Rather than being random old slides, the fossils were the very samples Charles Darwin had picked up on his Beagle voyage while forming the theory of evolution. Back in 1846, they’d wound up in the hands of his friend Joseph Hooker, who was trying to build a collection. Unfortunately for posterity, Hooker failed to register the slides and then vanished off on an expedition to the Himalayas without telling anyone about them. The collection was packed up while he was away and moved to a new location. In the confusion, everyone forgot all about the invaluable Darwin samples for 165 years.
7Walt Disney’s First Christmas Movie
In 1931, Disney released Mickey’s Orphans, a Christmas-based tale starring a certain iconic mouse that is now considered an early classic. Not many know that it was based on an even earlier film. Empty Socks was released in 1927 and was long considered lost. So culturally important was this missing film that the few surviving frames were preserved in the Museum of Modern Art in New York. That all changed in 2014, when archivists at the National Library of Norway unexpectedly stumbled across a copy.
Running across two reels for a total of five and a half minutes, the Norwegian version of Empty Socks was only 30–60 seconds short of being complete. At some point, someone working at the library had messed up labeling it, and its existence was forgotten.
Its recovery was fantastic news for film historians and Disney fans. Empty Socks featured Oswald the Lucky Rabbit, who would go on to inspire the most famous Disney creation of all: Mickey Mouse. Seeing him in a story that would later be remade with Mickey allowed experts to see clearly how Walt Disney’s ideas evolved over the early years. There’s no word yet as to when someone will finally put a version on YouTube.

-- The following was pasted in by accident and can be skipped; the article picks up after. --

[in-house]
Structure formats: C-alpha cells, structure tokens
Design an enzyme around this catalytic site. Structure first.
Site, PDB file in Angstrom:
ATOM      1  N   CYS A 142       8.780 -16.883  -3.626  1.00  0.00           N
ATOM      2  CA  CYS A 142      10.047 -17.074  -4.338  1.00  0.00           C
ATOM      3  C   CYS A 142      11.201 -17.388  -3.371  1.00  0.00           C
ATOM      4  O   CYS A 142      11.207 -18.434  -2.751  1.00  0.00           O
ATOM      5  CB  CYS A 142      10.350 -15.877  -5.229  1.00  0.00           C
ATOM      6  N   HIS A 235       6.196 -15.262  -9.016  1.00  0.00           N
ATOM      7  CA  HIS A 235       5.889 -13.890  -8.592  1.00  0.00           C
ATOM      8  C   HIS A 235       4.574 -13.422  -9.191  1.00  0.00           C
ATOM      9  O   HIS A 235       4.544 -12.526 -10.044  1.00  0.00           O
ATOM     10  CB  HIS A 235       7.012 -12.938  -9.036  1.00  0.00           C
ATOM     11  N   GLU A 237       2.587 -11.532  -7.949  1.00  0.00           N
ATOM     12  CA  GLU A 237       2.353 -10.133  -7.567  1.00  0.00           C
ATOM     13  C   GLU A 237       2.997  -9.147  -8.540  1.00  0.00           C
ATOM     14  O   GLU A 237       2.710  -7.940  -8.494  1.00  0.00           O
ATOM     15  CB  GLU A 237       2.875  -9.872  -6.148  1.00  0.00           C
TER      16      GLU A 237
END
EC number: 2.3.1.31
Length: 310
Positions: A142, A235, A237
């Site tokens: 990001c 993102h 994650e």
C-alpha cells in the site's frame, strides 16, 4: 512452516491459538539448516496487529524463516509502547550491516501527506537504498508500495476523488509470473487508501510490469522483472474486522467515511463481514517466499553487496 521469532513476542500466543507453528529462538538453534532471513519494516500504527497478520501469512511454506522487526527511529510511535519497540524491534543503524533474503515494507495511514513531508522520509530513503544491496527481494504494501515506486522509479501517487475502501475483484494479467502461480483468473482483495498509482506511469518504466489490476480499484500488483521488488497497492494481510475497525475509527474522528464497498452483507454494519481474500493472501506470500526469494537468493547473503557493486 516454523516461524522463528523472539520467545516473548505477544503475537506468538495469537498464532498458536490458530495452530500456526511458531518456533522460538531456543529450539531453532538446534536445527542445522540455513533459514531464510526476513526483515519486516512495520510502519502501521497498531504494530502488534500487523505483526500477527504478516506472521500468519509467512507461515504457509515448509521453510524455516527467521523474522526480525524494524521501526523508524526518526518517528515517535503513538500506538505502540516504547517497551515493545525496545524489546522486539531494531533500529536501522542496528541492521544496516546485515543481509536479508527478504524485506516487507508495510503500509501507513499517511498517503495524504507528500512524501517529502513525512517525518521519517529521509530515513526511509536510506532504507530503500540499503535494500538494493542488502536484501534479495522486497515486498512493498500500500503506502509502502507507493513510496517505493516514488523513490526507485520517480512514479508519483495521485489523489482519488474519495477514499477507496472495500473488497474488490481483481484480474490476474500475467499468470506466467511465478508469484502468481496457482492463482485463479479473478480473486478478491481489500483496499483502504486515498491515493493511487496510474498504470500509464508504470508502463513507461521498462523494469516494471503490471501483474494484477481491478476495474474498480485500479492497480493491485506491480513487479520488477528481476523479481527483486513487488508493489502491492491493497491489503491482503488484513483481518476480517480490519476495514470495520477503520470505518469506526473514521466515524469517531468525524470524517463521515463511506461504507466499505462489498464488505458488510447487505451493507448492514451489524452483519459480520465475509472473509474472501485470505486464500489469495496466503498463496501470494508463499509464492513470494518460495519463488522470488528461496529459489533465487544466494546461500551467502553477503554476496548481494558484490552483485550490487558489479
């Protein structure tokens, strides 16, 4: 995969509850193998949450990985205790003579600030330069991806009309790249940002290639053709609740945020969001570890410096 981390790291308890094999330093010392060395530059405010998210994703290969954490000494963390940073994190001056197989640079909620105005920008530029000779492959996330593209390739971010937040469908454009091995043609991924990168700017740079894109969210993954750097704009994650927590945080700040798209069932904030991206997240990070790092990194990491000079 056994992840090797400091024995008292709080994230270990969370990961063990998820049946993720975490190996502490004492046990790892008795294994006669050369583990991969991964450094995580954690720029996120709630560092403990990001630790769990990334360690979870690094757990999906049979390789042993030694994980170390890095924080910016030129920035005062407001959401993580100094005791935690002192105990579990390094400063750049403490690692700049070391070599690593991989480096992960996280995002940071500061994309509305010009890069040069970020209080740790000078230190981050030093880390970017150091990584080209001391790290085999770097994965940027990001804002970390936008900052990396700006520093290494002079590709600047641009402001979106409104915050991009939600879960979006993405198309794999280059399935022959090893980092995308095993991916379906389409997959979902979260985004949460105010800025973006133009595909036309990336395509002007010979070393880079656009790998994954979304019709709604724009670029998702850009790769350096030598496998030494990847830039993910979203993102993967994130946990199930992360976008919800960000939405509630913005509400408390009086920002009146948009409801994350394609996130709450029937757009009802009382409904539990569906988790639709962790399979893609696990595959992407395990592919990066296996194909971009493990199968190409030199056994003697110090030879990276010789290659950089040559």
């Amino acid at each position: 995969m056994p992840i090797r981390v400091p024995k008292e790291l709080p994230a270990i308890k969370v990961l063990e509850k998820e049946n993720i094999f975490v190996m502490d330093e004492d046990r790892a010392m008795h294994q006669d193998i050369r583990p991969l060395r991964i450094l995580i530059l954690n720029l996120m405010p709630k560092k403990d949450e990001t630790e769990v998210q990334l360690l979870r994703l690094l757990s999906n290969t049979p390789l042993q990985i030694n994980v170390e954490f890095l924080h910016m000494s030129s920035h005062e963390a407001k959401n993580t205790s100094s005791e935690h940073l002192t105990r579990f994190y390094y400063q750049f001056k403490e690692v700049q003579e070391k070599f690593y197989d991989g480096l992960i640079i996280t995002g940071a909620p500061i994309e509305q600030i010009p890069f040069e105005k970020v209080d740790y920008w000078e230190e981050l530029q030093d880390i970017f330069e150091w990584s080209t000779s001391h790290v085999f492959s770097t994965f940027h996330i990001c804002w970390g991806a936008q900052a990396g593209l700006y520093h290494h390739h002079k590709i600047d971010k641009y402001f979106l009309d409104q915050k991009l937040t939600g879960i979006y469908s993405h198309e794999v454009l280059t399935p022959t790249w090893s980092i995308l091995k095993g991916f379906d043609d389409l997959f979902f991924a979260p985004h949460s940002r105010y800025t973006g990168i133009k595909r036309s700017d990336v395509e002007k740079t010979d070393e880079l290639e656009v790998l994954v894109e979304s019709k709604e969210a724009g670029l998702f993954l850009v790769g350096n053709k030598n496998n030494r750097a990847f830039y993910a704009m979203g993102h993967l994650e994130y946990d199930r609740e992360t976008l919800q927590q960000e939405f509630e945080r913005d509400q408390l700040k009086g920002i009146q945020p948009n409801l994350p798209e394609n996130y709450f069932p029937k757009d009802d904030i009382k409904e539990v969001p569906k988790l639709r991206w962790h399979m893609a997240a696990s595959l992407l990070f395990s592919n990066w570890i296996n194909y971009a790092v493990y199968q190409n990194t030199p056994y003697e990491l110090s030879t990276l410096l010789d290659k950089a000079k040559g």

6Georges Perec’s Lost Novel
Photo credit: MacLehose Press
For decades, fans of the French avant-garde novelist Georges Perec had been tormented by a throwaway reference in his semi-autobiographical novel, W. In one tantalizing passage, Perec briefly described his first unpublished book, Portrait of a Man. Yet when Perec died, no copy of the manuscript was found.
As the author of one of the great novels of the 20th century, Life a User’s Manual, a new book by Perec would’ve been an invaluable cultural treasure. Its absence sparked a search through his papers that turned up nothing but blanks for over 30 years. Then one day, a former journalist just happened to mention to a Perec expert over dinner that a friend had once lent him some of Perec’s writing. He offered to show it to the expert and promptly handed him the sole surviving copy of Portrait of a Man.
It was the literary equivalent of an acquaintance casually tossing a first draft of the Mona Lisa into your lap. By 2014, Portrait of a Man had been copied, translated, and finally published—nearly 40 years after readers first heard of its existence.
5Vivaldi’s Lost Opera
Although he’s most famous for The Four Seasons, pretty much everything to come from Vivaldi’s pen was unqualified genius. His opera Orlando Furioso is no exception. A masterpiece composed in 1727, it’s the sort of work that drives opera lovers into a dignified frenzy with its raw power. Yet the version most people know is actually a remake. In 2012, researchers discovered a version in Vivaldi’s papers dating from 13 years earlier.